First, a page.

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essential reading

Essential Reading for the Dissident, the Disenfranchised, the Disillusioned


John Stapleton’s incredible new book Australia Breaks Apart has a surreal quality to it. He taps into the dissonance, the discord, and the disillusionment of those among us who were able, or who dared, to step outside the wall-to-wall propaganda and look at it in real time, or back at it later, in horror.

Through the book’s central character, Old Alex (a retired journalist, coincidentally just like the author), wave after wave of recognition and acknowledgement of pain and anguish and confusion and foreboding wash over the reader, like a soothing balm for the still raw wounds inflicted by our political leaders. It’s just as well – in between the passages where we crawl inside Old Alex’s head, and hear and feel the visions and the dreams for a country so utterly changed, Stapleton catalogues in excruciating detail the things that were done to us. It’s confronting.

Some of the things I knew about, many others I didn’t, thanks to the suffocating censorship of our complicit mainstream media. Still others I knew about, but had tried to forget.

Reading it is like reading Solzhenitsyn’s The Gulag Archipelago – page after page of open-mouthed shock at the things humans can do to one another and the things that power can corrupt. It’s un-put-downable and un-pick-upable at the same time.

It’s essential reading for the dissident, the disenfranchised, the disillusioned. We’re not alone, our eyes were not deceiving us, it was not all just a nightmare from which we will one day wake up. It actually happened. Its legacy will be a millstone Australia will carry for decades. This book won’t make up for the tragedies of lives and livelihoods shattered by wilfully stubborn governments and petty tyrants, but it will certainly help.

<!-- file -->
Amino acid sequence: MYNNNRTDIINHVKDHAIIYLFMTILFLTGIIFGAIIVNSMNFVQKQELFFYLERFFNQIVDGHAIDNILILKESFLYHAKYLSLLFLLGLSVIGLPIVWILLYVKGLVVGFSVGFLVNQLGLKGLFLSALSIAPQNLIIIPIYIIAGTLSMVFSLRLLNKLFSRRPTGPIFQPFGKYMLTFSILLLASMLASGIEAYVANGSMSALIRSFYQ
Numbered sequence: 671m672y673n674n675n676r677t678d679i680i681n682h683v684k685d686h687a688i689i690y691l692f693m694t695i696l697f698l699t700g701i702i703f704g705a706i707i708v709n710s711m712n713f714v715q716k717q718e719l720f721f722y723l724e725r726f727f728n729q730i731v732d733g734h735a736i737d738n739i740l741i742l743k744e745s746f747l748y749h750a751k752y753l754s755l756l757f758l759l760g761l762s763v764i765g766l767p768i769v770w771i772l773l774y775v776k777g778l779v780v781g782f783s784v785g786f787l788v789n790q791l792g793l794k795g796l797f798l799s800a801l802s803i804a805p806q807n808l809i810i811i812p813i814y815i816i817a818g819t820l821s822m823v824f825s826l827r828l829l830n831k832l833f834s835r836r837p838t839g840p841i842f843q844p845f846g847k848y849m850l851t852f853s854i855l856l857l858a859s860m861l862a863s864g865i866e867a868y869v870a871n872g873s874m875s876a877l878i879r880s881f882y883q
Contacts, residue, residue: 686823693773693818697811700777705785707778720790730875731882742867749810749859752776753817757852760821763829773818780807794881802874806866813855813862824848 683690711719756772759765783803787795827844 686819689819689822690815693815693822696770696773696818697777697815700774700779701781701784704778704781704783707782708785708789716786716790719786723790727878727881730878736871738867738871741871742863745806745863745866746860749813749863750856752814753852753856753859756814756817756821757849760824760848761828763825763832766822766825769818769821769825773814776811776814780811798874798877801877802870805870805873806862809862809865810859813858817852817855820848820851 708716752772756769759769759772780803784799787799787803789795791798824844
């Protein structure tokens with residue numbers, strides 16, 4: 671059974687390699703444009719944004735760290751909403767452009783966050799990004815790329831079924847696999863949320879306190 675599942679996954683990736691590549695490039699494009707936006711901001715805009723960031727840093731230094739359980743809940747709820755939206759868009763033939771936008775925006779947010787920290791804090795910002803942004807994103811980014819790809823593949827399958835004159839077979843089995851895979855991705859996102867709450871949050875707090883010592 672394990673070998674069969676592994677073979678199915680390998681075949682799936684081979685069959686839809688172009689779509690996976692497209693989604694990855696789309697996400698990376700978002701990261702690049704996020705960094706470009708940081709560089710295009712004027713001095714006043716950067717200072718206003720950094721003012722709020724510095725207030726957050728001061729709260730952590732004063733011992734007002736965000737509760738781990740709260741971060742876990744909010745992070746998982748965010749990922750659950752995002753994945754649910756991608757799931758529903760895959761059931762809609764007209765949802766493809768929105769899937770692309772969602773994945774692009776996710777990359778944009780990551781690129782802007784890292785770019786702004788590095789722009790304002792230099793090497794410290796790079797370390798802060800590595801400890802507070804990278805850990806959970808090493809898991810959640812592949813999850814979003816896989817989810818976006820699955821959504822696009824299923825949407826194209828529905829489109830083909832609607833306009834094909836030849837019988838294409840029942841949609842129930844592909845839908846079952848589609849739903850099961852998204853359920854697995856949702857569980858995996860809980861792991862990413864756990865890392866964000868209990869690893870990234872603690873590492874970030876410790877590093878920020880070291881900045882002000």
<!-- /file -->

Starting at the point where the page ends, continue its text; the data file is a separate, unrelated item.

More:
Lots of the names and sources will be familiar to the covid dissident – among them McCullough, Malone, RFK, Jr, Naomi Wolf, Rebecca Weisser, Paul Collits, Avi Yemini…the roll call of those we’ve relied on to get an honest point of view.

But helpful as it is for the victims and the protesters to have this book, those who need to read it the most will find it hard going. The laptop class, the ones who learned a new recipe for sourdough, or how to crochet, while truckies and cashiers from the indentured servant class waited on their every need – they are the ones who need to read this book.

The ones who happily observed that the traffic was lighter and the carbon dioxide lower, while mourners grieved alone, banned from attending the funeral. Every single nurse who made a dance video. Every jab clinic manager tallying the day’s injectees and calculating the bonus incentive payment.

What pangs of self-recognition will they find when they read of humans mistreating each other? If they don’t feel any then they could read the whole thing and not be any the wiser, or indeed could take whatever message they want to take from it. If they do feel the pangs of shame, it will take a heroic effort of acceptance and repentance to get through to the end.